VIPs State-of-The-Art

In the mid 1950’s vacuum insulation panels which offer excellent
performance and long life (15+ years) have been around.

Unfortunately, the production process to make them has been both
expensive and time-consuming. As such, few companies have
been able to develop more than small niche markets for the material.

Work on silica panels started in the 1960’s.

In the late 1970’s (Therese K. Stovall 1999), a number of people started
working on more durable, and hopefully cheaper, forms of vacuum
insulation that would be suitable for appliances. Their goal was to
achieve very high thermal insulation values in much smaller spaces.
Based on early evaluations of refrigerator/freezer energy use, a target
of 20 R/in. was established. The earliest such vacuum panel concepts
turn up in patents granted in 1979 and 1983

In 1992, EPA of USA completed a report on manufacturing and
installation techniques and costs.

In the 1990’s, vacuum insulation achieved commercialisation using
silica panels by Whirlpool Corporation.


Activities of the vac company in VIP development and production systems

In 1990, Whirlpool, in cooperation with the vac company started
a VIP production system development project.
In 1991 the first VIP production system was shipped from
the vac company to Whirlpool USA.

In 1994, ICI introduced its first Polyurethane foam based Vacuum Insulated Panel, the VACPACTM panel. 

Since then ICI has carried out extensive work programs internally and in conjunction with a number
of major appliance manufacturers as well as foam manufacturers. 

The work with the appliance manufacturers has resulted in numerous technical and commercial trials and commercially availabl applications of the VACPACTM panel technology in several designs, such as refrigerators, freezers and combined appliances.


In 1994, ICI placed an order for VIP lab system using Polyurethane foam that has been developed by the vac company.


In 1995, ICE placed a development order for a VIP production system using Polyurethane foam to the vac company.

In 1996, the first VIP mass production system using Polyurethane foam was shipped from the vac company to ICI Italy. 

End of 1996
ICI started commercial VIP production..

In the late1990’s, vacuum insulation achieved commercialisation
using open cell polyurethane panels by a number of Japanese and European manufacturers.
In April 1999, US Department of Housing and Urban Developmend Office of Policy Development and Research funded the cooperative project on Accelerating the Adoption of Vacuum Insulation Technology in Home Construction, Renovation, and Remodelling.

The project ended in May 2002.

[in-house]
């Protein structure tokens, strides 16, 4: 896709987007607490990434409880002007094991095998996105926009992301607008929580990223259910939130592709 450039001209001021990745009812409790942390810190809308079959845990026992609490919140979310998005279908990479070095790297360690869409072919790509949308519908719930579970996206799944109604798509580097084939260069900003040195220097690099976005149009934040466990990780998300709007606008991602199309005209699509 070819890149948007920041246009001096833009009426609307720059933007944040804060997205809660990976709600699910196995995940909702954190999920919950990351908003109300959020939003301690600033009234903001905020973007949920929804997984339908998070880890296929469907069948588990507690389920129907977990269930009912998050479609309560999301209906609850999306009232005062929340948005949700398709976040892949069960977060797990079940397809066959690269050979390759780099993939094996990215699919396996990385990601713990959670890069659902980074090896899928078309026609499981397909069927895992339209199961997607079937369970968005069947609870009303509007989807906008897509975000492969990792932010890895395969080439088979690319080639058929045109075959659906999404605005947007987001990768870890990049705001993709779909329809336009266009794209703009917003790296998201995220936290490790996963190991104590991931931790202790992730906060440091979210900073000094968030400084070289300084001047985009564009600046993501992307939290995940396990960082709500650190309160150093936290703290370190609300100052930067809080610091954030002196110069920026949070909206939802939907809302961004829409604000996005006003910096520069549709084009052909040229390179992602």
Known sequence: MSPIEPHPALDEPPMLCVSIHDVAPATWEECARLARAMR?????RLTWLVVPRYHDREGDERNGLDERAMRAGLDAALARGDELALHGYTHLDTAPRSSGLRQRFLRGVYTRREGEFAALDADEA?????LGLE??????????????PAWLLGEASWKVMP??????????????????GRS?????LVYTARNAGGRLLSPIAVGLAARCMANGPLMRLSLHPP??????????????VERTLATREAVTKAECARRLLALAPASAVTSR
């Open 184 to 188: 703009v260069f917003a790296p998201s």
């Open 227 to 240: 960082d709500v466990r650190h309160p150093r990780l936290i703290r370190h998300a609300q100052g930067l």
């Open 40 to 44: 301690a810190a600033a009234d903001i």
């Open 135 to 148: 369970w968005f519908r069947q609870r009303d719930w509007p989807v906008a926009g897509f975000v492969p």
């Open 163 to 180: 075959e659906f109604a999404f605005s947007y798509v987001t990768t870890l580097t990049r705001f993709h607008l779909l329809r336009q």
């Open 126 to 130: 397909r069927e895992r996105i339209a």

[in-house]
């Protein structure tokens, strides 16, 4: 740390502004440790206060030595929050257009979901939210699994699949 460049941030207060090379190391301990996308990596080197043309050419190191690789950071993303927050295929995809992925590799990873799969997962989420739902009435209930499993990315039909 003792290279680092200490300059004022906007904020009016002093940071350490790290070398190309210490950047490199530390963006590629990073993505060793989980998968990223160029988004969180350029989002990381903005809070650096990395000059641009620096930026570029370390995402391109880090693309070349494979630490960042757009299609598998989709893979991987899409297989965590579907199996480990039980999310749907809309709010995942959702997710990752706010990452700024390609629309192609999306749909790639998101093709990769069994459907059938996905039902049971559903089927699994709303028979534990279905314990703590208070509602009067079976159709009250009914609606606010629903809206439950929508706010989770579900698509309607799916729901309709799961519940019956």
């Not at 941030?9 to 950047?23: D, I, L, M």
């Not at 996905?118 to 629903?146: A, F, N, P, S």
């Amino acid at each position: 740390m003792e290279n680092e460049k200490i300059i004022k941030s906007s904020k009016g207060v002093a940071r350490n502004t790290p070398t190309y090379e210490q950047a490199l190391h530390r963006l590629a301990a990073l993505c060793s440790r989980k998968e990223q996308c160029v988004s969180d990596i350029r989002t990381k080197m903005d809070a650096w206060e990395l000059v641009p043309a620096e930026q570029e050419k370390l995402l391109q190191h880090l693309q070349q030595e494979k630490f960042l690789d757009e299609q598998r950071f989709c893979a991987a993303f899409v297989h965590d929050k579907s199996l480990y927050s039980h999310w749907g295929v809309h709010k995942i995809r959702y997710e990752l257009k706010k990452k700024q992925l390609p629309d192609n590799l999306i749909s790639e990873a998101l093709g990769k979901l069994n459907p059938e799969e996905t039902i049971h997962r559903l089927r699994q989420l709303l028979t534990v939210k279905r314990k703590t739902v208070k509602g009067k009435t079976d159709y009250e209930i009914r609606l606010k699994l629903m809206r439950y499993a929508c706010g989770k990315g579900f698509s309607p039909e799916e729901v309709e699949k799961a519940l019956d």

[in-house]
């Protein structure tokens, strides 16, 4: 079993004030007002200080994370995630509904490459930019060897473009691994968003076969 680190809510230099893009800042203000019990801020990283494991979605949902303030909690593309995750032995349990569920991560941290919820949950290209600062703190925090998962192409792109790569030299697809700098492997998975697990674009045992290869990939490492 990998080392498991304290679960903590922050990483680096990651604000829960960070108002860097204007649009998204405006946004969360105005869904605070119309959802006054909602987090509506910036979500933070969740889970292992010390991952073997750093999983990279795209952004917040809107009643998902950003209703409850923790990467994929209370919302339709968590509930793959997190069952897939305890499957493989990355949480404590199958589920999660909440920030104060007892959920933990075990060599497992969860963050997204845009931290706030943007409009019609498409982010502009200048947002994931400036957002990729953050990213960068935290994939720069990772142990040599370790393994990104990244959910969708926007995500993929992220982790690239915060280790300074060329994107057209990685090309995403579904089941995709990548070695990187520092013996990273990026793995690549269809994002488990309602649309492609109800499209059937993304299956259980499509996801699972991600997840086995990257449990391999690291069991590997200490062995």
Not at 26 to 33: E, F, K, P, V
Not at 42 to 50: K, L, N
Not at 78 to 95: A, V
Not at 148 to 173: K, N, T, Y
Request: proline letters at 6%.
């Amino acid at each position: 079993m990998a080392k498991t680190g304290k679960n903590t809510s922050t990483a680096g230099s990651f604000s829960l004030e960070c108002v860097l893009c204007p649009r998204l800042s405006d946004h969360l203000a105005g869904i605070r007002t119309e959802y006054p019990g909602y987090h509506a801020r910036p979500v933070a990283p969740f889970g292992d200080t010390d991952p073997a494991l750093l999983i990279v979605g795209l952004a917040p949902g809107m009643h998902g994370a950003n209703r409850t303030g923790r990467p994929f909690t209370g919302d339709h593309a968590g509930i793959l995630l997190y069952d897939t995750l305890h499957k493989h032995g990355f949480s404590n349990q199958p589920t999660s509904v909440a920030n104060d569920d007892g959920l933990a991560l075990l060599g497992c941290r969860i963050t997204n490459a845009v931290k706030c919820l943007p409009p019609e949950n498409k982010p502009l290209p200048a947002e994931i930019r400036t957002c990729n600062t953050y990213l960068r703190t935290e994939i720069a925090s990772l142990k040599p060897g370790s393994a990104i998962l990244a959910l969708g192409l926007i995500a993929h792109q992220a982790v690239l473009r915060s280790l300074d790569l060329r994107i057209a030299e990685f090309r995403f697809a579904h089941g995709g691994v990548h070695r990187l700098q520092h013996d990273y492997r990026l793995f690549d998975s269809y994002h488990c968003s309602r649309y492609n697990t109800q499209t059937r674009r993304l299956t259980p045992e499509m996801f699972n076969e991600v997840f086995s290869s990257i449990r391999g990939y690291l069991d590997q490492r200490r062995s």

In December 1999, the Vacuum Insulation Association was formed.

The aim of its members (VIP fabricators, designers, component
manufacturers, and technology lead users) is to promote the
awareness of VIP technology and the benefits it brings and to
advance VIP technology.

In 1997 the vac company starts building commercial VIP productions
system using foam fillers.
This machines where delivered to several companies in countries all
over the world as: Europe, Asia, America, etc.

In 2000, the vac company started the development of VIP
productions systems using pre-pressed silica as filler material.

In January 2001, the Energy Conservation in Building and
Community Systems Programme of the International Energy
Agency (IEA) started a research and development programme on High Performance Thermal Insulation Materials (Annex 39).

Representatives from Austria, Belgium, Canada, Denmark, France, Germany, Italy, Netherlands, Sweden and Switzerland were taking part in the collaborative research. According to the plan, the project is still going on and shall be complete by the end of 2004.

The overall concept remains much the same today as in the late
1970’s. There are two main components, the core and the barrier.

Those early patents used powders as the core material and flexible plastic films as barrier materials. Those early developers soon discovered that if you were going to use powdered filler that you would also need some kind of inner porous container between the core and the barrier so that you wouldn't suck all that powder into our vacuum system. 

These powders included fumed silica, pacified fumed silica, silica bag-house dust, perlite, precipitated silica, fly ash, clays, and many mixtures of these powders.

Since 2001 a large number of this new VIP production machines have been build by the vac company for different European and oversees VIP manufacturers.

The vac company’s up-to-date full automatic VIP productions lines, as well as for glass fiber core materials and silica cores.

E. g. - Pressed Silica core

Silica Core covered in fleece

Final VIP

Full automatic VIP production line

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